Jack C. Richards is a patron of the arts who has sponsored performers, composers, and even concert series. Amongst the many recipients of his support are pianists Lixin Zhang and Tony Chen Lin, singer Bianca Andrew, composers Gareth Farr and Gao Ping, the Gisborne International Music Competition, and the annual NZCT Chamber Music Contest.
Nick Tipping spoke with Jack about how he first became involved in sponsoring the arts.
Dr. Richards is an internationally renowned specialist in second and foreign language teaching, and the author of many professional text books for English language teaching. The proceeds from his textbooks have enabled him to become an active art collector and a sponsor of numerous activities in music and the arts.
He first became involved in arts patronage through the connections made with musicians and other arts practitioners while he was based in Indonesia.
Through his friendship with Jack Body at Victoria University of Wellington he met composers which sparked an interest in fostering their work. In 2014 Richards sponsored Gareth Farr to write his first piano concerto performed by pianist Tony Lee with the NZSO.
He has been very impressed by the quality of recordings produced by Steve Garden at Rattle Records and has sponsored young pianists Lixin Zhang and Tony Chen Lin to record their first albums with Rattle so they will have a calling card to help establish their careers.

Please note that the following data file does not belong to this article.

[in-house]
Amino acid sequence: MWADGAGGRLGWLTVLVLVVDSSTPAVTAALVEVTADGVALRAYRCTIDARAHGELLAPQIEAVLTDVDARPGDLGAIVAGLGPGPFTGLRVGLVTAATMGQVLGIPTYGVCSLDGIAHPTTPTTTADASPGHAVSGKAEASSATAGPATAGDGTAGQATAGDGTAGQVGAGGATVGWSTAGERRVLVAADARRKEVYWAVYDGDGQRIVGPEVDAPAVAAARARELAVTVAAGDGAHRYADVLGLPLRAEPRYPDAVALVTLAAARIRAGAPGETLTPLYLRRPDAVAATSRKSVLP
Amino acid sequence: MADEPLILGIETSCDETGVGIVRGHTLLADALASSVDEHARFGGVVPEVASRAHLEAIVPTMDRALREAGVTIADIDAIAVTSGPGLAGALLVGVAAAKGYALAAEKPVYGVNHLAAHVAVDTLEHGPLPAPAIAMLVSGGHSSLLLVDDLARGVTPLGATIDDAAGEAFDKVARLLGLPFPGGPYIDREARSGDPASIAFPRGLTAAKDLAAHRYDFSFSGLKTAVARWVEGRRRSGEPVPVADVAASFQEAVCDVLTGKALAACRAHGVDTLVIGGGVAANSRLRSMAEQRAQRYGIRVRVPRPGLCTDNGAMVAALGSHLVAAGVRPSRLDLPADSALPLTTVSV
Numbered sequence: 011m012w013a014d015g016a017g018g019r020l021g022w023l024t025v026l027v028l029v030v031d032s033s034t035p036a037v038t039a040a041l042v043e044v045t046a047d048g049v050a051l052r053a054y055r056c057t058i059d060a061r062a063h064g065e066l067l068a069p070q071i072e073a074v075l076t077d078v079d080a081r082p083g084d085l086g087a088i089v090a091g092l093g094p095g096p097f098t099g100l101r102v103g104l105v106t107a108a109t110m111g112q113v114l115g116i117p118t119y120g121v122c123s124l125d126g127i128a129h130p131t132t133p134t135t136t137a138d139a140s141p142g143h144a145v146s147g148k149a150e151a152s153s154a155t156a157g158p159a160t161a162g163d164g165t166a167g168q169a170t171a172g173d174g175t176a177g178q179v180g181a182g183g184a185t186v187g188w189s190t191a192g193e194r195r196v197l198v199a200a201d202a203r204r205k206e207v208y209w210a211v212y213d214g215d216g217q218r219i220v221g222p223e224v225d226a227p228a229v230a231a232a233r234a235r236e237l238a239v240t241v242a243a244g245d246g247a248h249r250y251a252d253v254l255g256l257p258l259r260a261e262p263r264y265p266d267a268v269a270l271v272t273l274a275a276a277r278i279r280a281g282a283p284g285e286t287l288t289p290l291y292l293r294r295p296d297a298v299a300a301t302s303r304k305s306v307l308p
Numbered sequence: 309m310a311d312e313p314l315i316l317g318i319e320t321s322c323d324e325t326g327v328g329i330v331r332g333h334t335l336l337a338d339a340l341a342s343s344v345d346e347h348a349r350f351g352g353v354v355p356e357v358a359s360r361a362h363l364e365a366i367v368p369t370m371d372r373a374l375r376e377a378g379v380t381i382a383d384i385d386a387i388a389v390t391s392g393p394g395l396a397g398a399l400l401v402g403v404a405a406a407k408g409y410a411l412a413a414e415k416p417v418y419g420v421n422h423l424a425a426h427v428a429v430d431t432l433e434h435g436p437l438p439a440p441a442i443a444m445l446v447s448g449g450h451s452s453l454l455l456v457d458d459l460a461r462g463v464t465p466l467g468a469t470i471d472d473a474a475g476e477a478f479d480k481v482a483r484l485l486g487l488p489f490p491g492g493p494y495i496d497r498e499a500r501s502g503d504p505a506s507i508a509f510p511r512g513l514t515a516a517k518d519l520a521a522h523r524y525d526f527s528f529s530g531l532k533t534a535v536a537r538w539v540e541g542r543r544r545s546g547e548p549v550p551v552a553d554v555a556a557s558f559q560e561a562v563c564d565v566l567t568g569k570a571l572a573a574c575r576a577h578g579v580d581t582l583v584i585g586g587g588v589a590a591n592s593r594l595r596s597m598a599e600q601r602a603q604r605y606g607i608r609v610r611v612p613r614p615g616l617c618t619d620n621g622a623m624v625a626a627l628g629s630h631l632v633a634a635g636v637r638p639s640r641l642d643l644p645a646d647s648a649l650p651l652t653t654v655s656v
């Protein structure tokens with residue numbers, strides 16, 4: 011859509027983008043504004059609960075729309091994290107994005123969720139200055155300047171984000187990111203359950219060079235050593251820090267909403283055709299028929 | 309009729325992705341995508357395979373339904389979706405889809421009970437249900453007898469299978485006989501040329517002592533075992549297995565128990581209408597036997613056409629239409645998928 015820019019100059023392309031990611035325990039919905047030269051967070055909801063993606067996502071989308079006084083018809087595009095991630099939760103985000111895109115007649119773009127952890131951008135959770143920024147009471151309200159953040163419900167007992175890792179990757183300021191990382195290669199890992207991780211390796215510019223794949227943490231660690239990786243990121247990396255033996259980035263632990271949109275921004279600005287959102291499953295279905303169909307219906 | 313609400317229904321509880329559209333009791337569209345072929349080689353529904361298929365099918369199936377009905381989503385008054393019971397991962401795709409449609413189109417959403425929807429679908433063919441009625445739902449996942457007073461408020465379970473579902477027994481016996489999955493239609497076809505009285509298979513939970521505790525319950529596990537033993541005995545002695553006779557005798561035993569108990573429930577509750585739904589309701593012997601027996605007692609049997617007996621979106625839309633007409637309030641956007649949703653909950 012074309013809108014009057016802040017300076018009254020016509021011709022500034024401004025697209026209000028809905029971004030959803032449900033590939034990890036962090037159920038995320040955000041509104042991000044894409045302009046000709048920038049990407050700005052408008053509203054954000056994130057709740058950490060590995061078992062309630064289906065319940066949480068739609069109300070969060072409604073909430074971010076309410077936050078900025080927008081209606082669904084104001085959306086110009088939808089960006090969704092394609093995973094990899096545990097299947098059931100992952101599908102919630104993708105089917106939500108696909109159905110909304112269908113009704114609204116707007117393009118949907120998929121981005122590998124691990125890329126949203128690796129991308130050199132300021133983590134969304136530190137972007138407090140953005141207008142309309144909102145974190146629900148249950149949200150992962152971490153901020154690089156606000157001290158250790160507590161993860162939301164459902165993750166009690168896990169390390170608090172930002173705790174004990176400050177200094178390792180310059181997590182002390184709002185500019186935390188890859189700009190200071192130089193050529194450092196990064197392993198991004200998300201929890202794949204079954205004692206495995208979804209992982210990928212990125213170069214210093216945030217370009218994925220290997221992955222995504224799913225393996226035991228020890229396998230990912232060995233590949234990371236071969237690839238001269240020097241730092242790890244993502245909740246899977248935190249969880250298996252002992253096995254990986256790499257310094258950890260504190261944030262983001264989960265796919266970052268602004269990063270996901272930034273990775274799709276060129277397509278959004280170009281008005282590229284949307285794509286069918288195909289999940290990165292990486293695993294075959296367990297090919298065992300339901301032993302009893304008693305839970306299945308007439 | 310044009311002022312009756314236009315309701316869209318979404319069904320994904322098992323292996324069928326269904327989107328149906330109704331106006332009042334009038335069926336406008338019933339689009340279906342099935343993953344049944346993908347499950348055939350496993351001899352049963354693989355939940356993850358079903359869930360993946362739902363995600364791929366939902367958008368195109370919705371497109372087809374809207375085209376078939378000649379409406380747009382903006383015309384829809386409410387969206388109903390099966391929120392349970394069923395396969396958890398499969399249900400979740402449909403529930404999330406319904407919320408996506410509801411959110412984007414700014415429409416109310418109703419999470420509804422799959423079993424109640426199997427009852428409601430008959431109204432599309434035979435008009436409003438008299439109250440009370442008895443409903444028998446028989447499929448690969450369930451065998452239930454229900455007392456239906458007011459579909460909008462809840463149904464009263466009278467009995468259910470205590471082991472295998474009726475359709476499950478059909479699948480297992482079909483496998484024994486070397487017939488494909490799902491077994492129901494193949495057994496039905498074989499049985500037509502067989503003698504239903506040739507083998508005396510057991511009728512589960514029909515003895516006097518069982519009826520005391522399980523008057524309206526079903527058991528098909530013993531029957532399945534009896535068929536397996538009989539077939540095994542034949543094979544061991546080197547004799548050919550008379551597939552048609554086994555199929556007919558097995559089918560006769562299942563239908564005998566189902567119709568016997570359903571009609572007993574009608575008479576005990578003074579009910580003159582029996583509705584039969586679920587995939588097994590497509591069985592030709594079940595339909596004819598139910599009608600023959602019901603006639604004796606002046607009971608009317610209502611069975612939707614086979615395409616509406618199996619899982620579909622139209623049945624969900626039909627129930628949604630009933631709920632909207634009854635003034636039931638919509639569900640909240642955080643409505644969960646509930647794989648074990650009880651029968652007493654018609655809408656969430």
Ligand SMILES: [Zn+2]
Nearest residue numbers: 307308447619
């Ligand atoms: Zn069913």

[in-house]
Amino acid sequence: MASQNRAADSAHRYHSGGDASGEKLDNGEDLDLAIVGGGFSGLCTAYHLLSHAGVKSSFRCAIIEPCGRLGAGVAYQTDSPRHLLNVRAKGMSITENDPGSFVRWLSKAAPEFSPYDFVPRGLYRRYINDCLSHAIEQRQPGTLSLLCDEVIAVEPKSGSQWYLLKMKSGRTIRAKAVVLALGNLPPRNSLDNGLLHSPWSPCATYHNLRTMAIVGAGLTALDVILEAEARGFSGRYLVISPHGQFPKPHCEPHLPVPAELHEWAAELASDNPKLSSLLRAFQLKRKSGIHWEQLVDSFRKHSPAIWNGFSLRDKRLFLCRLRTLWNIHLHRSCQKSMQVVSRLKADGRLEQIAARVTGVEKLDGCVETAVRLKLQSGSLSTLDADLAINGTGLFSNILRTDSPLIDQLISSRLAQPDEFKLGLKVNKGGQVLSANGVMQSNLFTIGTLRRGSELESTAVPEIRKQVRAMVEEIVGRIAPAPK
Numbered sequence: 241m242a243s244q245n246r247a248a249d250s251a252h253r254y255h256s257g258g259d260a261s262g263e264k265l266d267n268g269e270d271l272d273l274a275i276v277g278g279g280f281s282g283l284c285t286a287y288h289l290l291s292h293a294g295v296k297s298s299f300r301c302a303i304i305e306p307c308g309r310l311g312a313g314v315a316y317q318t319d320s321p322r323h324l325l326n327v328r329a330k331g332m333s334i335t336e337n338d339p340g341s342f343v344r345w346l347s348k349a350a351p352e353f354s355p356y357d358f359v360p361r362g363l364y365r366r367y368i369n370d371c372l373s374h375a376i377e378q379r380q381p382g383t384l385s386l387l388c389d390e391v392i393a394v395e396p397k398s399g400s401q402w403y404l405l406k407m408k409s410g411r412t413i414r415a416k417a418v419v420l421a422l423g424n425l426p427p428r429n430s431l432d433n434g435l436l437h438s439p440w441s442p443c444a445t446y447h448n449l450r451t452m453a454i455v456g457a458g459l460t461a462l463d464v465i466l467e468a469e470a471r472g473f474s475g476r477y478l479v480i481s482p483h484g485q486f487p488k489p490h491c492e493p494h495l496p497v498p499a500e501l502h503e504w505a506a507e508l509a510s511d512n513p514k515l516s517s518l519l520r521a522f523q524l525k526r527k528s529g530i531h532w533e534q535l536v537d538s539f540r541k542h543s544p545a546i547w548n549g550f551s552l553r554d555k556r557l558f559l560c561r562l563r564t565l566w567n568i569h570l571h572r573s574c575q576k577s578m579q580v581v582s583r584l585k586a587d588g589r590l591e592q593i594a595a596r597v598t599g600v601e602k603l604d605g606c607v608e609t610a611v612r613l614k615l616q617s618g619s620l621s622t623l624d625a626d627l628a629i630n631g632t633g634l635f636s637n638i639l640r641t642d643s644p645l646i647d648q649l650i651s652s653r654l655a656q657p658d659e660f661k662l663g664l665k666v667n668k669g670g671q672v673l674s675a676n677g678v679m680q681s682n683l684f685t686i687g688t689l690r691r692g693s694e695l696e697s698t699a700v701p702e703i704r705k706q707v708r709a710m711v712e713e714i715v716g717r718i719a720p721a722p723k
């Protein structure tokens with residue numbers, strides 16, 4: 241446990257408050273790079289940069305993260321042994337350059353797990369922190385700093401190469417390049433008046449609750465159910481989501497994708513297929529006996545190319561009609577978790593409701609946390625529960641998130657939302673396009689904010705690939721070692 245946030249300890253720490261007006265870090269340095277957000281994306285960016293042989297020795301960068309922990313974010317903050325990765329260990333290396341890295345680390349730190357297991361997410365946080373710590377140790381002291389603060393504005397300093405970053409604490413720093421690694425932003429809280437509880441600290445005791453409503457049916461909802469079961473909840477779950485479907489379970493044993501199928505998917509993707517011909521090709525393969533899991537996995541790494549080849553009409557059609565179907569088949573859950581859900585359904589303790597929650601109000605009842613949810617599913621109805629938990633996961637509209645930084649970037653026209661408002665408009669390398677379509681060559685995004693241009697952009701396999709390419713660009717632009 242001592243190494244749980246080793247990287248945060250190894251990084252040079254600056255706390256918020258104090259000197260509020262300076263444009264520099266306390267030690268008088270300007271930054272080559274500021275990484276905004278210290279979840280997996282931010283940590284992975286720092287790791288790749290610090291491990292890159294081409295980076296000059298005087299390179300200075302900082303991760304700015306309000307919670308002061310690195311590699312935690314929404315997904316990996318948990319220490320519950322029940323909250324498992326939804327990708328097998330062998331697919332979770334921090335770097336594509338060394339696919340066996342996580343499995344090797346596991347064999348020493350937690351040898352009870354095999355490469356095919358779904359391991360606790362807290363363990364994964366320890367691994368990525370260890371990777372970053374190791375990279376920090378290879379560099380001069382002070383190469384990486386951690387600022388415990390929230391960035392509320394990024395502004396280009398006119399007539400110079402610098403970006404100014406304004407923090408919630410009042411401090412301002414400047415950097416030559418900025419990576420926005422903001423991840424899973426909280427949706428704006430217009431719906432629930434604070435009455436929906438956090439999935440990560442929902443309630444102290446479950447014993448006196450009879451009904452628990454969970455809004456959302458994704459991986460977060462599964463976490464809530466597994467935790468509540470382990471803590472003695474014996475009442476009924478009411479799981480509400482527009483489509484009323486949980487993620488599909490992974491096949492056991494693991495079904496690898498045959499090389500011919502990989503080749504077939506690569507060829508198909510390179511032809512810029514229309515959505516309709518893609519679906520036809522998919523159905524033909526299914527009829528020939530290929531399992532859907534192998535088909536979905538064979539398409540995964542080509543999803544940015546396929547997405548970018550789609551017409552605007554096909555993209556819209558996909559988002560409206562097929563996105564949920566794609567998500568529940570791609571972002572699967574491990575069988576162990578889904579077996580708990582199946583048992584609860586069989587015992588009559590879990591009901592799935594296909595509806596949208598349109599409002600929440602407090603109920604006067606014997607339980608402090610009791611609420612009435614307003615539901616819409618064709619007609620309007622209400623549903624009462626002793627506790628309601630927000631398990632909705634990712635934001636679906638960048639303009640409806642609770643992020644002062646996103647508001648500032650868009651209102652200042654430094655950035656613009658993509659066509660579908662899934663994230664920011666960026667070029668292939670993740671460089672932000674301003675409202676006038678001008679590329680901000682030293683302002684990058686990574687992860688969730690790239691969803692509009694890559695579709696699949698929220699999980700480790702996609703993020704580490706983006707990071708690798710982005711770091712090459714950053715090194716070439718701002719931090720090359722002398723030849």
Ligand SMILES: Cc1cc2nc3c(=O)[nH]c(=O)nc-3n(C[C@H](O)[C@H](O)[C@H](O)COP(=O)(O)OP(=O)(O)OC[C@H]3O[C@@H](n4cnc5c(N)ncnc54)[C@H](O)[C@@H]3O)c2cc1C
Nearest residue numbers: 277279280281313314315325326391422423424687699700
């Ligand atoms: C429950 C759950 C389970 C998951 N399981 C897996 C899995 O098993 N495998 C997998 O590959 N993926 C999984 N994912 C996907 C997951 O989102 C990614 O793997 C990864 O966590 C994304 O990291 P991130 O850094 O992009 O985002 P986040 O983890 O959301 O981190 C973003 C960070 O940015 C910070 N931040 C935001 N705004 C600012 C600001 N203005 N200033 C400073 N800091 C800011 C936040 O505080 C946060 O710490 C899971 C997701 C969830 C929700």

Jack lives in Gisborne and sponsors many local arts activities including the annual concerts series held in the Tairawhiti Museum and the Gisborne International Music Competition.
He says he is often contacted by organisations who know of artists that need help to continue their studies or take up opportunities offshore. He usually goes by recommendations from experts in the field but says there is no masterplan.
He points out that musicians unlike visual artists have “less potential for generating income – because performers don’t have product to sell”.
Jack urges music lovers who, he says, often expect to get their classical music concerts for free, to contribute.
“It’s always been a precarious occupation, even more so now, so that’s why I feel those of us who enjoy the arts have to come to the party and help people out at this particular time, because many of them - especially those based in Europe - are not surviving.“